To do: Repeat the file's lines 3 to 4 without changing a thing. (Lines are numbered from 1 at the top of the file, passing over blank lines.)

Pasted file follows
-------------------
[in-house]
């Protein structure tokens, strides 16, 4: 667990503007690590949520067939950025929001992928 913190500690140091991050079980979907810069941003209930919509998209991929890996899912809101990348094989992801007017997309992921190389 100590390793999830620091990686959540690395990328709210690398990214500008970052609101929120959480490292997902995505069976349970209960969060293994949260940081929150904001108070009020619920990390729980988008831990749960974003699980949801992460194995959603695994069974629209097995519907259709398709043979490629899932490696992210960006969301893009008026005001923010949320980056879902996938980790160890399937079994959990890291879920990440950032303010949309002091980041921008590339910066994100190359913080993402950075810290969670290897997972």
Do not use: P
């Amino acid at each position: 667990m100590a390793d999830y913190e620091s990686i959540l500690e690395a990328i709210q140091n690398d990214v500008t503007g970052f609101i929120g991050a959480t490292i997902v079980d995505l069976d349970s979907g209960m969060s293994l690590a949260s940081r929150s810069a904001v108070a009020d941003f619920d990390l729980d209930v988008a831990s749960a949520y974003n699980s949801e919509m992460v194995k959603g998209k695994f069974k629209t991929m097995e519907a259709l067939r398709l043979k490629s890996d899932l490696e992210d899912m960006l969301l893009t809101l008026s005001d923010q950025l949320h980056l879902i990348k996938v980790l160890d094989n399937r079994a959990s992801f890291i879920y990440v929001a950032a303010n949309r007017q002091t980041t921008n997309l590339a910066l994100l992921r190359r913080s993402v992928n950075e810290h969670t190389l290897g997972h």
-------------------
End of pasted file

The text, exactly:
Do not use: P
């Amino acid at each position: 667990m100590a390793d999830y913190e620091s990686i959540l500690e690395a990328i709210q140091n690398d990214v500008t503007g970052f609101i929120g991050a959480t490292i997902v079980d995505l069976d349970s979907g209960m969060s293994l690590a949260s940081r929150s810069a904001v108070a009020d941003f619920d990390l729980d209930v988008a831990s749960a949520y974003n699980s949801e919509m992460v194995k959603g998209k695994f069974k629209t991929m097995e519907a259709l067939r398709l043979k490629s890996d899932l490696e992210d899912m960006l969301l893009t809101l008026s005001d923010q950025l949320h980056l879902i990348k996938v980790l160890d094989n399937r079994a959990s992801f890291i879920y990440v929001a950032a303010n949309r007017q002091t980041t921008n997309l590339a910066l994100l992921r190359r913080s993402v992928n950075e810290h969670t190389l290897g997972h």